AllPlay is Qualcomm’s (News - Alert) initiative to recreate the Sonos experience but across a number of vendors. The goal is basically to get the industry to a point were various devices work seamlessly together across your home so music could magically move with you. The first time I saw something like this was at Bill Gate’s home where you’d wear a badge and the house would know where you were and play your music out of the speakers nearest you. That has never made it to the market as a product but Microsoft (News - Alert) did have the Plays for Sure initiative they created to compete with Apple, which failed spectacularly with the launch of their also failed Zune platform.
At CES (News - Alert), AllPlay made solid progress but there is still a long way to go. Let’s talk about AllPlay in the context of CES, Plays for Sure, and Sonos this week.
Why Plays for Sure Failed
Initially it just wasn’t a very good standard. The running joke surrounding Plays for Sure was the addition of the word “doesn’t” as in “Plays for Sure doesn’t Play for Sure”. Much of what was created under this standard didn’t work well and, at the time, everyone seemed to know you had to be able to play or at least find a way to easily bridge customer’s iTunes music, but it never did. When Microsoft launched Zune it effectively killed Plays for Sure, but it didn’t bridge iTunes music either for fear Apple (News - Alert) would sue and it also failed.
AllPlay, on the other hand, largely starts with the phone. Apple has largely stopped using DRM and the phone can connect into the service so Apple users can be embraced. AllPlay isn’t anti-Apple, it embraces iProducts as much as possible so it doesn’t have the same problems Plays for Sure and Zune enjoyed.
Sonos is the gold standard when it comes to music but the company is a hardware company. As such, it has had greater trouble embracing iTunes. Luckily a lot of other streaming services have emerged, which they can embrace and were able to physically link with iProducts to get iTunes to work. In addition, they use a proprietary mesh network to move music between devices proven more reliable than Wi-Fi. Cisco tried to create a competing offering that was Wi-Fi only and it failed spectacularly. This was largely because Wi-Fi at the time just wasn’t robust or reliable enough for this use. But Wi-Fi has improved significantly since that failure, and Mu-MIMO routers can provide performance in line with gigabit Ethernet switches. As a result, even Sonos has started to use it more aggressively.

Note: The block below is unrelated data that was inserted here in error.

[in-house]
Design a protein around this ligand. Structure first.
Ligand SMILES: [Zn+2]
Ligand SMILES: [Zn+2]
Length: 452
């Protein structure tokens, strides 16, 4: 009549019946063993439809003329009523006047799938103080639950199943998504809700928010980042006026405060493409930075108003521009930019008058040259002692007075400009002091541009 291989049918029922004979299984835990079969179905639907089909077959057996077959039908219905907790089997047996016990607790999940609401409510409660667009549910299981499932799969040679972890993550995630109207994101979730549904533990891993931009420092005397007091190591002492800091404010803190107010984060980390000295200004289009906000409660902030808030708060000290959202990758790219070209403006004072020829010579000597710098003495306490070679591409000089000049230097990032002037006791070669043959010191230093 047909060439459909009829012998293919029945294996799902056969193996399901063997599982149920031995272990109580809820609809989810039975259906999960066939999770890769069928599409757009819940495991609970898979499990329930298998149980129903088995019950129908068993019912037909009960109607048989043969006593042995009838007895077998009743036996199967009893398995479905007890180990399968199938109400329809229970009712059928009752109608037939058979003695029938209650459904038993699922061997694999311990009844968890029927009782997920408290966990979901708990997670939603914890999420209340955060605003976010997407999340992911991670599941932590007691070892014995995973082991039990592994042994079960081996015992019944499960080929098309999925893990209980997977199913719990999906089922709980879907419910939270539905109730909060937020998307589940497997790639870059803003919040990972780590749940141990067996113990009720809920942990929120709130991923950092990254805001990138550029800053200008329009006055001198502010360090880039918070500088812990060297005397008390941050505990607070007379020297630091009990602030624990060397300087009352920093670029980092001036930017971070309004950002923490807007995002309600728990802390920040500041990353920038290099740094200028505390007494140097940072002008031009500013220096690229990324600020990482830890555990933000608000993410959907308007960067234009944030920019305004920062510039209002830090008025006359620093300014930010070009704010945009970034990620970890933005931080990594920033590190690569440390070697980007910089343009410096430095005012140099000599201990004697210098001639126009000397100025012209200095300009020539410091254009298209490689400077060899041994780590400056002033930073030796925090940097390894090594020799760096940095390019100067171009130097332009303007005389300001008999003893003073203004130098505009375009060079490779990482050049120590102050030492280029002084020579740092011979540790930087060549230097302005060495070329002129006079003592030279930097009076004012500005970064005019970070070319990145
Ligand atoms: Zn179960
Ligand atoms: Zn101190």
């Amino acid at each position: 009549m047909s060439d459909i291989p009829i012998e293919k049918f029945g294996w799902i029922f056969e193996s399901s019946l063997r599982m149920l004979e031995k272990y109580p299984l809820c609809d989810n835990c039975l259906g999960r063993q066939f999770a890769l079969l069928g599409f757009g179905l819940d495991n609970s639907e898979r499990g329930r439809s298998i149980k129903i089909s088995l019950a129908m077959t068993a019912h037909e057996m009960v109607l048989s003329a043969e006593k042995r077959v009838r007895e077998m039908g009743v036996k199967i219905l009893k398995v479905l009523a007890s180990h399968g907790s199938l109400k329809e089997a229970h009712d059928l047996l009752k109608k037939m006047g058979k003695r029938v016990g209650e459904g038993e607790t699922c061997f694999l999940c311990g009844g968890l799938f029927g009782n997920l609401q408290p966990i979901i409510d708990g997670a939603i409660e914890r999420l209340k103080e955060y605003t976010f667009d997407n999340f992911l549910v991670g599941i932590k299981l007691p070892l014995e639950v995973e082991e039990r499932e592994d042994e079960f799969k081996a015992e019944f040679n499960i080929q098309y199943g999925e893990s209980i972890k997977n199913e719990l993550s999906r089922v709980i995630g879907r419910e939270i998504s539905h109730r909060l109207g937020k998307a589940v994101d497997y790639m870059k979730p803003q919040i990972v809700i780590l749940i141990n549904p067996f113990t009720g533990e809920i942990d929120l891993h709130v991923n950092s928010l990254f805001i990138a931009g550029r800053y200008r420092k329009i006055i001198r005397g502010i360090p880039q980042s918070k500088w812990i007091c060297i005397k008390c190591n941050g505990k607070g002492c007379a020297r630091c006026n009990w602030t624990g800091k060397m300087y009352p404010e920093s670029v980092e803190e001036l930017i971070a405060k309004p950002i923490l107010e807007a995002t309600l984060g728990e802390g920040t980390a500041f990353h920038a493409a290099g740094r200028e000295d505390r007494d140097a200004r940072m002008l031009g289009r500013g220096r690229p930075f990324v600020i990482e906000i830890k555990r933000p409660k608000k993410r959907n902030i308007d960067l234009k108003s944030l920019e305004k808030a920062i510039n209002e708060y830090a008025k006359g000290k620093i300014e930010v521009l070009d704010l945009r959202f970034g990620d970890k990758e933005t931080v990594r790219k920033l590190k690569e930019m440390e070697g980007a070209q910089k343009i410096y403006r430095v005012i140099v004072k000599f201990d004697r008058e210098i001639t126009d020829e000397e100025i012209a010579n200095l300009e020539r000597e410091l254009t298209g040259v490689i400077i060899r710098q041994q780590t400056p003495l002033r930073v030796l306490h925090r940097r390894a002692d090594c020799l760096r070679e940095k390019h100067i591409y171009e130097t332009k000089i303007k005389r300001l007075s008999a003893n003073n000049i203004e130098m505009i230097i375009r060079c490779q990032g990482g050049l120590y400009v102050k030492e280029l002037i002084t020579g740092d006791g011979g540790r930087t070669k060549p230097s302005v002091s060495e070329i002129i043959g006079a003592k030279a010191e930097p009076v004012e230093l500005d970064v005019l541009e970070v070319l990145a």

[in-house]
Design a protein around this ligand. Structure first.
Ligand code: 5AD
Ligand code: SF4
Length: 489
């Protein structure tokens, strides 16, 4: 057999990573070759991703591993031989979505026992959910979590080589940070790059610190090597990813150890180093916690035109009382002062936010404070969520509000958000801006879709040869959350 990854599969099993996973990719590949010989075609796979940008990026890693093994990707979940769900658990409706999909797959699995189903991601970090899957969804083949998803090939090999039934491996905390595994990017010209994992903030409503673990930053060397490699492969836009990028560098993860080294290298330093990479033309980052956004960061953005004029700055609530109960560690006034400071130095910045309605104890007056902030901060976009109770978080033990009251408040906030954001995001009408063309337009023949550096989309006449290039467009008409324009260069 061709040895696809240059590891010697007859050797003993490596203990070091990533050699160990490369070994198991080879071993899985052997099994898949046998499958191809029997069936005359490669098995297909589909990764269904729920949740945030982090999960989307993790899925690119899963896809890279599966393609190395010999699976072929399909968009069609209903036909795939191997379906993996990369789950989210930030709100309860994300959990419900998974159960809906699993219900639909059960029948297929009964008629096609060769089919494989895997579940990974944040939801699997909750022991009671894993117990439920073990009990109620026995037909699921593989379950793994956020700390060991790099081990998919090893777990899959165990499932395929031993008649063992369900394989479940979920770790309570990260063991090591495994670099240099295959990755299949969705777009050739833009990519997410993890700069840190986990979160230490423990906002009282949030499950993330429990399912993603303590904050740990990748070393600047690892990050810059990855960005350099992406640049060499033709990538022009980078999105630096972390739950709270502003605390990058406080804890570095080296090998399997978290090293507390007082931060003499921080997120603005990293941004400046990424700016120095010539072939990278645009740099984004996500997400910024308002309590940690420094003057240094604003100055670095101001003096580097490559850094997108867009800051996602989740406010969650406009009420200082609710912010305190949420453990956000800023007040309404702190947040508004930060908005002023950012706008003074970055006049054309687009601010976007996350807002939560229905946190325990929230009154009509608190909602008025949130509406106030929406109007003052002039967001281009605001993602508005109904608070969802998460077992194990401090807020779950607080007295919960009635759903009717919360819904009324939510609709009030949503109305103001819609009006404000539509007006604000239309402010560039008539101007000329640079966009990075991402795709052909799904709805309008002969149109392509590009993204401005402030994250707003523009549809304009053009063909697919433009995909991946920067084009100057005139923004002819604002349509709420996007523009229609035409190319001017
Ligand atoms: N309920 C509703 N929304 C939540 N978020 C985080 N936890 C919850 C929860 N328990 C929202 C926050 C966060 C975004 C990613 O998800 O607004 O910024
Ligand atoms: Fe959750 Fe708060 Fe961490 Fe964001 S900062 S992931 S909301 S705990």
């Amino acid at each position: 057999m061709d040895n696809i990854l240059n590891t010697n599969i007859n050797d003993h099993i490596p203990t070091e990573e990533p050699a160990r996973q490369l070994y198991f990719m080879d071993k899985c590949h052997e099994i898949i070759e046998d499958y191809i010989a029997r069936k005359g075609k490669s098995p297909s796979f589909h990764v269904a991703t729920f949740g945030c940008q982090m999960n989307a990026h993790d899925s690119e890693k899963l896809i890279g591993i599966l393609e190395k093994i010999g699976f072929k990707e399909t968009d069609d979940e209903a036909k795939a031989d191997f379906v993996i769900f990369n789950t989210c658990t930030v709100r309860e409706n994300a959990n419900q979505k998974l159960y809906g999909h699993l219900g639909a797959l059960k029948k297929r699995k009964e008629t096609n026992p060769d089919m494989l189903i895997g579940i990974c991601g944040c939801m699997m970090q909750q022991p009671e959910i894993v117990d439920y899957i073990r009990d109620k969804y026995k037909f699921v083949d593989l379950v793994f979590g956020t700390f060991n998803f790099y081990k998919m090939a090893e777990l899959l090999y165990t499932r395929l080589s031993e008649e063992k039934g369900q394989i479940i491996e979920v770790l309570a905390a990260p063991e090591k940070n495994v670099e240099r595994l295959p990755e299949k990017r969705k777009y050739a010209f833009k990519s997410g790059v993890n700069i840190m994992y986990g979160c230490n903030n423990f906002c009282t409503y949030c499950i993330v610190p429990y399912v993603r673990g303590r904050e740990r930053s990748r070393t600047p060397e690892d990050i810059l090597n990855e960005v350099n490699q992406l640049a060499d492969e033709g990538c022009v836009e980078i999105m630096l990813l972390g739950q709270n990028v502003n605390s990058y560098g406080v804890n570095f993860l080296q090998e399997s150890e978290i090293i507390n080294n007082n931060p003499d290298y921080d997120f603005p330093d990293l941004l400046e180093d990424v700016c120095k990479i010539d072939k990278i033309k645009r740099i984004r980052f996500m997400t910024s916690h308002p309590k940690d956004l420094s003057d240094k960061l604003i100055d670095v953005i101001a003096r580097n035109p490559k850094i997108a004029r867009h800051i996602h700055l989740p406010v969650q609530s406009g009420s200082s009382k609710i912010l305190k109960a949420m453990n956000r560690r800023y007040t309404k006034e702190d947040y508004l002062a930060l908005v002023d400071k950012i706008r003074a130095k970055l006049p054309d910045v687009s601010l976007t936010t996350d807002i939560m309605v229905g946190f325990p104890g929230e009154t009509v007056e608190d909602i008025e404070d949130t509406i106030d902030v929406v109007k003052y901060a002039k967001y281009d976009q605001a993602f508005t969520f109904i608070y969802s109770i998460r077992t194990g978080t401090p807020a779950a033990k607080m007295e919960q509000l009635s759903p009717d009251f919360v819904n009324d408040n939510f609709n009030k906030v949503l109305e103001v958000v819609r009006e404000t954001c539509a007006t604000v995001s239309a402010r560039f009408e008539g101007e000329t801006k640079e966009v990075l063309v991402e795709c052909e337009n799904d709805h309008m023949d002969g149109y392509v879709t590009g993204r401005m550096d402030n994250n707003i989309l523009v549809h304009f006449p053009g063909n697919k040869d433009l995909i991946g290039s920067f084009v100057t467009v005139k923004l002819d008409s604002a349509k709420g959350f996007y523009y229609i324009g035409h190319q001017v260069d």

Sonos also has a broad variety of speakers, interfaces, and amps. These include TV sound bars, sub-woofers, surround speakers, and devices you can hook into your stereo or connect directly with your speakers. For whole house systems they have a centralized hub, which allows streaming to bypass your PC, phone, or tablet and connect directly to the Web. Finally they have the ability to use “party mode,” which can synchronize all of the speakers in the house on a single piece of music—which is really handy for parties.
AllPlay at CES closed the gap with a broad set of speakers from a variety of vendors and one hub that could be connected to a stereo. The speakers and hub were more aggressively priced than Sonos units, generally costing hundreds of dollars less and coming from powerful music brands like Panasonic (News - Alert) and Monster. Connection into iTunes in particular, because this is a phone based service, as noted is generally more seamless with AllPlay and, as a result, there are some compelling reasons now to consider the family of offerings over Sonos. Currently the effort lacks the breadth of music offerings that Sonos enjoys but this could change in a number of ways.
These include receivers with AllPlay built in, which would provide more stereo options and outdoor speaker solutions that Sonos currently lacks. In addition, because the solution is phone based, it should be more capable of better bridging the home/car experience than Sonos—allowing someone to move between the home and car while listening to the same song more seamlessly.
For now though, Sonos remains in the lead.
By this time next year you should have some interesting and far more complete choices with regard to AllPlay solutions and clearly Qualcomm’s initiative is making good progress. The battle isn’t over yet though and with everyone and their brother focused on the “Internet of Things” don’t be surprised if someone figures out an even better way to move music around your home. Until then AllPlay has the best chance of providing a more affordable solution to Sonos in terms of coverage and we’ll wait for some hands on tests to see if it sounds as good (Sonos provides a very high quality experience). Whoever gets from the home to the yard and into the car first with the widest variety of critical options at the most affordable prices for acceptable levels of quality will win. And we’ll shortly have music, good quality music, more places than we likely want it.